CORALINE and Darker Thoughts

I've been busy writing a lot for work these last few days, but in the evenings I've made sure I had time to sit on the balcony and read. My choice was Neil Gaiman's CORALINE - a great, dark book.

CORALINE taps into the basic fears and desires of children - of being ignored, and of finding adventure / excitement / being special. This last one a double edged sword.

The world of adults is boring, confusing, unpredictable ... and often refuses to give children recognition without condescension. For a children's writer, it can be vitally important to recognise this last point.

Children's writers must tread a fine line. Context and language do have to be adjusted if your book is for children, and not adults. This is a fact. Topics, to a point, are dictated by reading age (some content isn't appropriate, and some will just confuse or mean nothing to kids).

But, any assumptions made by the author - any assumptions at all, about world views or opinions or reactions or what's cool or what's scary or what's difficult or about how the adult world works - can turn sour.

In some ways, it might come down to this: the important thing for authors to get isn't what children don't understand, but what they do understand, but don't agree with. Or, seeing children as clever, thinking, discerning readers with opinions and world-views that aren't wrong, just different, will make you a better writer.

Back to CORALINE. Why do I like it so much? Because for all its darkness and all its light, it makes a much more basic point. Adults and their world can be so wrapped up in itself that they fail to pay attention or listen to children.

Aren't so many good kids books basically about children a) taking things into their own hands when adults won't listen b) finally being listened to because of some action or event.

It's the subversion of who has power, the grown-ups or the kids.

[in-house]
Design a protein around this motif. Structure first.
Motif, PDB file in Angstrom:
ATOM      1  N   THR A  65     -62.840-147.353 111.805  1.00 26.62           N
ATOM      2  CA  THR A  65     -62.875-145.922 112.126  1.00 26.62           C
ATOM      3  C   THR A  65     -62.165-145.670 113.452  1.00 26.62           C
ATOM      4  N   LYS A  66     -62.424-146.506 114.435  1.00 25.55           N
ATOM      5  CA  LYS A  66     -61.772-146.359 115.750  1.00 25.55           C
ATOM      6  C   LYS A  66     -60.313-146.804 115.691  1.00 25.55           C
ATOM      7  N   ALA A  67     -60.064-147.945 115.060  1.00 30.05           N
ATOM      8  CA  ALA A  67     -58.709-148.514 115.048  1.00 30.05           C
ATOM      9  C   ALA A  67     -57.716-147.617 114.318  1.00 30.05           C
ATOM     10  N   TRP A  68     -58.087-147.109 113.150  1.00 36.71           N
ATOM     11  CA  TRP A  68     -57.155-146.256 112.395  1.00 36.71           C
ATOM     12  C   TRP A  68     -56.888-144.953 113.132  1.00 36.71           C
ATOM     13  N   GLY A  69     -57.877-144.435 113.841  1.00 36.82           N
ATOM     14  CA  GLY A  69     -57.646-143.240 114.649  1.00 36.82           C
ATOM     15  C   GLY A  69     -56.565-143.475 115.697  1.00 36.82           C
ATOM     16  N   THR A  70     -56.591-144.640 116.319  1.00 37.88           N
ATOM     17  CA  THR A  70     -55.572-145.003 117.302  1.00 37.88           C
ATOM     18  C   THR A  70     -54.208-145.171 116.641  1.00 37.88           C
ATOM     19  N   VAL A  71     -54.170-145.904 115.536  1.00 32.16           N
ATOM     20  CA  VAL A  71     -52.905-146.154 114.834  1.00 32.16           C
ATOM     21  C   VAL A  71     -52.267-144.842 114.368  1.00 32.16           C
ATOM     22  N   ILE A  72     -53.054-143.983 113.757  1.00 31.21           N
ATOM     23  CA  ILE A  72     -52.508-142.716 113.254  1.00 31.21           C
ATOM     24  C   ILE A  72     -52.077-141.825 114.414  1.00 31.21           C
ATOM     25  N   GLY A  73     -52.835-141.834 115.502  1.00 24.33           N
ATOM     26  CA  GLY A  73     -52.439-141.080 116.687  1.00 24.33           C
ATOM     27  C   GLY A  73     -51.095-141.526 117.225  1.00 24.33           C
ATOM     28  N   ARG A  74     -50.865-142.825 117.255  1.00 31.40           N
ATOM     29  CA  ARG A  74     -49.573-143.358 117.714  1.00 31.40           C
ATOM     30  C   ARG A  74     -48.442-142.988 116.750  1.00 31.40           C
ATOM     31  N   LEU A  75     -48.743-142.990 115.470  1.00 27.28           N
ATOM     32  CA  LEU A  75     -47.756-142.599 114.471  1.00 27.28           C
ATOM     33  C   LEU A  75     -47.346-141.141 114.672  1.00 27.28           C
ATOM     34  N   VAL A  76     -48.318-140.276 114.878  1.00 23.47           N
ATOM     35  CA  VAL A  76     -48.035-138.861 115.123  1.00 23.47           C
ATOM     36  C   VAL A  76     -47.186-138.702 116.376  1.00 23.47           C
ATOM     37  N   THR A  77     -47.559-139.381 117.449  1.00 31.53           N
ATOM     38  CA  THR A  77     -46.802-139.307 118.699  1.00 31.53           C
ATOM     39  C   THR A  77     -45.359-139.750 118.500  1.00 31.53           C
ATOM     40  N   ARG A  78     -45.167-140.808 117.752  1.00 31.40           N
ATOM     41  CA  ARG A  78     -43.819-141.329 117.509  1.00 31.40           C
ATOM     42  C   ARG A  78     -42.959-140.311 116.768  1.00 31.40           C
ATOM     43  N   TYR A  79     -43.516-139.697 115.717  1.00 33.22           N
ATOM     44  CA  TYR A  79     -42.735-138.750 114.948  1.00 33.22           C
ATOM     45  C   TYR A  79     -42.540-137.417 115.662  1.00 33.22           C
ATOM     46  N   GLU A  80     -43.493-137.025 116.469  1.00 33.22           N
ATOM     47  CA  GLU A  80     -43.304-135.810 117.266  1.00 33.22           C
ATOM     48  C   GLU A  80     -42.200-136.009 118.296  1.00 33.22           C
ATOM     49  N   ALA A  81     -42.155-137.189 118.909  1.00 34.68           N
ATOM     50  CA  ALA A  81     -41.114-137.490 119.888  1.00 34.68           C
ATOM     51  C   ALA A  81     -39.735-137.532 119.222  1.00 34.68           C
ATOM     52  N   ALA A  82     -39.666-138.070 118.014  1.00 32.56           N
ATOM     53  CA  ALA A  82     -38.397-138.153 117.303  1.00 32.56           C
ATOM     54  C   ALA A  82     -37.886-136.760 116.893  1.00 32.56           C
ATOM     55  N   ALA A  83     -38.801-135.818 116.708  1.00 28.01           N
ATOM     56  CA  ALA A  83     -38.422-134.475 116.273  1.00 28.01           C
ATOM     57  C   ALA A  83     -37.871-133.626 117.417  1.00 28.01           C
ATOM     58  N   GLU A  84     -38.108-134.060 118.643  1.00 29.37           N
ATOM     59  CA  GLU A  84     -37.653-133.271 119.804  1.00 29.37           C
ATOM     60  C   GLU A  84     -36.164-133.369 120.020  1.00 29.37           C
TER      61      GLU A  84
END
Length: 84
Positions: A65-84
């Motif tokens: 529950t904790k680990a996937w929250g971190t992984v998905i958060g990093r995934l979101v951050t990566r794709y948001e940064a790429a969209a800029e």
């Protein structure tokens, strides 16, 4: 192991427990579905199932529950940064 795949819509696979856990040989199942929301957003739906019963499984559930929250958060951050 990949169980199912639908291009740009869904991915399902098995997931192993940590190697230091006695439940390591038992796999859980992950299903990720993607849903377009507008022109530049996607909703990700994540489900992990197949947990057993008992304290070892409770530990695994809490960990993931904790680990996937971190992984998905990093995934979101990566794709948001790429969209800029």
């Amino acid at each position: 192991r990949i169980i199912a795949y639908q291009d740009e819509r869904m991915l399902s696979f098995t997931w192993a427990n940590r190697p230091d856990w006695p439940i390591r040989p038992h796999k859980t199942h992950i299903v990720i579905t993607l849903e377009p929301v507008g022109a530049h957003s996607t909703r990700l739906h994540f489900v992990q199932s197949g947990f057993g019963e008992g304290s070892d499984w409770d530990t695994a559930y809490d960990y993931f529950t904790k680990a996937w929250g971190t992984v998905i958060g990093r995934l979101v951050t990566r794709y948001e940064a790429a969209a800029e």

I want my books - I hope they do - to entertain but not patronize. Kids are smart and canny readers, and from that everything else flows


  1. I love kids. Not in the way that I want to be a daddy and have a throng of my own spawn running about me, but I love their spirit... Possibly because feel I still am one... (ponder, ponder)

    Much to write about on this topic!

  2. I completely agree... adults just forget how to be kids sometimes-- and then they scorn kids for being kids!

    Great post!

  3. C, being a kid at heart can be good, but I think having the understanding of the world of an adult (including its dangers and darknesses) and then sieving that down into stories makes good writing. Agreed about the spirit - though a lot of that comes from a basic lack of comprehension that things can go badly or that actions have consequences!

    Randi, thanks! The scorning thing's interesting. Phrases I always want to avoid with kids - 'Grow up!' 'Act your age!' 'Why can't you just be a bit more mature...?' 'Come on now, put DOWN the sword...'

  4. I love Gaiman - especially because he venture in places others wouldn't go (a dark, scary but for children? Yes please!). Coincidently I just recently blogged about a speech he gave to a university graduating class. Incredibly, beautiful speech, just like his writing :)

  5. Hi Katharina - I'll be sure to check it out! Have you seen ZenPencil's poster of his speech? You can see it here - http://zenpencils.com/page/2/ - and it's a really cool way of displaying the words. I know Neil Gaiman himself has given his approval.

  6. Hi Simon, thank you so much for the link, I hadn't seen it before! I loved the 'make good art' part of his speech and the poster is such a fun representation.

    If you are still interested in the video my blog post is here. I embedded the video for easier viewing :)